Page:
Apalis flavida (Yellow-breasted apalis) 

Geelborskleinjantjie [Afrikaans]; N'walanga, Xinyamukhwarani (generic terms for apalis) [Tsonga]; Geelborstapalis [Dutch]; Apalis à gorge jaune [French]; Gelbbrust-feinsänger [German]; Apalis-de-peito-amarelo [Portuguese]

Life > Eukaryotes > Opisthokonta > Metazoa (animals) > Bilateria > Deuterostomia > Chordata > Craniata > Vertebrata (vertebrates)  > Gnathostomata (jawed vertebrates) > Teleostomi (teleost fish) > Osteichthyes (bony fish) > Class: Sarcopterygii (lobe-finned fish) > Stegocephalia (terrestrial vertebrates) > Tetrapoda (four-legged vertebrates) > Reptiliomorpha > Amniota > Reptilia (reptiles) > Romeriida > Diapsida > Archosauromorpha > Archosauria > Dinosauria (dinosaurs) > Saurischia > Theropoda (bipedal predatory dinosaurs) > Coelurosauria > Maniraptora > Aves (birds) > Order: Passeriformes > Family: Cisticolidae > Genus: Apalis

Apalis flavida (Yellow-breasted apalis)  Apalis flavida (Yellow-breasted apalis) 

Yellow-breasted apalis, Kruger National Park, South Africa. [photo Trevor Hardaker ©]

Yellow-breasted apalis. [photo Jim Scarff ©]

Distribution and habitat

Its distribution is patchy from Senegal to the Ethiopia through Tanzania to southern Africa (largely absent from the DRC). Here it is locally common in Evergreen forest, arid riverine Acacia or Mopane (Colosphermum mopane) woodland.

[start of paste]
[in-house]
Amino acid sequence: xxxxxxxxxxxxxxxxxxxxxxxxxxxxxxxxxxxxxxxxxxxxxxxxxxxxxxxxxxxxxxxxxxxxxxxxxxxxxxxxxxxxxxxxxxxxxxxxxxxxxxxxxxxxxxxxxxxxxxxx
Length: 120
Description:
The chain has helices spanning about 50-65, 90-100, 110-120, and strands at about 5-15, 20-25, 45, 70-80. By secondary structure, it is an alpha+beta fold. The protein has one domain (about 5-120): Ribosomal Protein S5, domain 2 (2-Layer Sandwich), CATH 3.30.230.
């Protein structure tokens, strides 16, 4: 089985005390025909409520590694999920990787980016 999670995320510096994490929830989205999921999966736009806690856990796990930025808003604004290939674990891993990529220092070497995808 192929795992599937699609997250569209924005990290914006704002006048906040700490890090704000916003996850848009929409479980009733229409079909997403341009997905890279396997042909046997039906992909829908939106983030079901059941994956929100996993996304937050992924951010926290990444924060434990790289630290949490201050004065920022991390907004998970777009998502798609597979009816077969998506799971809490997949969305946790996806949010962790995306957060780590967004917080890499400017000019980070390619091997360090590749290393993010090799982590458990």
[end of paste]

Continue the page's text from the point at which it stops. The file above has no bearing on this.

Distribution of Yellow-breasted apalis in southern Africa, based on statistical smoothing of the records from first SA Bird Atlas Project (© Animal Demography unit, University of Cape Town; smoothing by Birgit Erni and Francesca Little). Colours range from dark blue (most common) through to yellow (least common). See here for the latest distribution from the SABAP2.  

Food 

It mainly eats insects, often restlessly foraging in the foliage of the canopy, gleaning prey from leaves and twigs.  The following food items have been recorded in its diet:

Breeding

  • The nest is an oval ball with a side entrance, made of grass, bark, tendrils, dead leaves, lichen, flowers and seed pods, although it is sometimes constructed entirely of lichen. It is typically placed in a tree or shrub, often near Usnea (old-mans-beard lichen).
Apalis flavida (Yellow-breasted apalis) 

Yellow-breasted apalis constructing its nest. [photo Jeff Poklen ©]

  • Egg-laying season is from about October-March, peaking around October-November.
  • It lays 2-3 eggs, which are incubated by both sexes for about 12-14 days.
  • The chicks are cared for by both adults, leaving the nest after about 15-17 days.

Threats

Not threatened.

References

  • Hockey PAR, Dean WRJ and Ryan PG 2005. Roberts - Birds of southern Africa, VIIth ed. The Trustees of the John Voelcker Bird Book Fund, Cape Town. 

 

 

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